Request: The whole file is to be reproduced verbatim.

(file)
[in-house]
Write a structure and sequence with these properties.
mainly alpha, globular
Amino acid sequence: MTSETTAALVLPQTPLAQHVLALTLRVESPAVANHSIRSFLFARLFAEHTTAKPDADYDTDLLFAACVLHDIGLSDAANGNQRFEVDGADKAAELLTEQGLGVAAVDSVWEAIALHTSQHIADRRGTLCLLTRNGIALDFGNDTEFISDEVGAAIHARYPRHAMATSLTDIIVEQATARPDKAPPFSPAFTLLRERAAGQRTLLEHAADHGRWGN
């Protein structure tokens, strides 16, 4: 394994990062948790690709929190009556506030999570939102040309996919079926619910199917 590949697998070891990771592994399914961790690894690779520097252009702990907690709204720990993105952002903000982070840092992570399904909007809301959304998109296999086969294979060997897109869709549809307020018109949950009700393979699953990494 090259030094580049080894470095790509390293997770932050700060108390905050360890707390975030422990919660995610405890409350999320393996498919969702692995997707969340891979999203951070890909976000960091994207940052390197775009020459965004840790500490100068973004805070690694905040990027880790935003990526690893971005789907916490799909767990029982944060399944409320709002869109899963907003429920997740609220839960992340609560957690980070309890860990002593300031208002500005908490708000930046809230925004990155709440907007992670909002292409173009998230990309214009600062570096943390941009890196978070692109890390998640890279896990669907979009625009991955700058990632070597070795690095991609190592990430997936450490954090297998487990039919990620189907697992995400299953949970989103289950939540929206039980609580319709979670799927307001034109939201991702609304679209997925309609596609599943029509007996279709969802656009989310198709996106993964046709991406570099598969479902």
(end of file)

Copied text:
[in-house]
Write a structure and sequence with these properties.
mainly alpha, globular
Amino acid sequence: MTSETTAALVLPQTPLAQHVLALTLRVESPAVANHSIRSFLFARLFAEHTTAKPDADYDTDLLFAACVLHDIGLSDAANGNQRFEVDGADKAAELLTEQGLGVAAVDSVWEAIALHTSQHIADRRGTLCLLTRNGIALDFGNDTEFISDEVGAAIHARYPRHAMATSLTDIIVEQATARPDKAPPFSPAFTLLRERAAGQRTLLEHAADHGRWGN
């Protein structure tokens, strides 16, 4: 394994990062948790690709929190009556506030999570939102040309996919079926619910199917 590949697998070891990771592994399914961790690894690779520097252009702990907690709204720990993105952002903000982070840092992570399904909007809301959304998109296999086969294979060997897109869709549809307020018109949950009700393979699953990494 090259030094580049080894470095790509390293997770932050700060108390905050360890707390975030422990919660995610405890409350999320393996498919969702692995997707969340891979999203951070890909976000960091994207940052390197775009020459965004840790500490100068973004805070690694905040990027880790935003990526690893971005789907916490799909767990029982944060399944409320709002869109899963907003429920997740609220839960992340609560957690980070309890860990002593300031208002500005908490708000930046809230925004990155709440907007992670909002292409173009998230990309214009600062570096943390941009890196978070692109890390998640890279896990669907979009625009991955700058990632070597070795690095991609190592990430997936450490954090297998487990039919990620189907697992995400299953949970989103289950939540929206039980609580319709979670799927307001034109939201991702609304679209997925309609596609599943029509007996279709969802656009989310198709996106993964046709991406570099598969479902």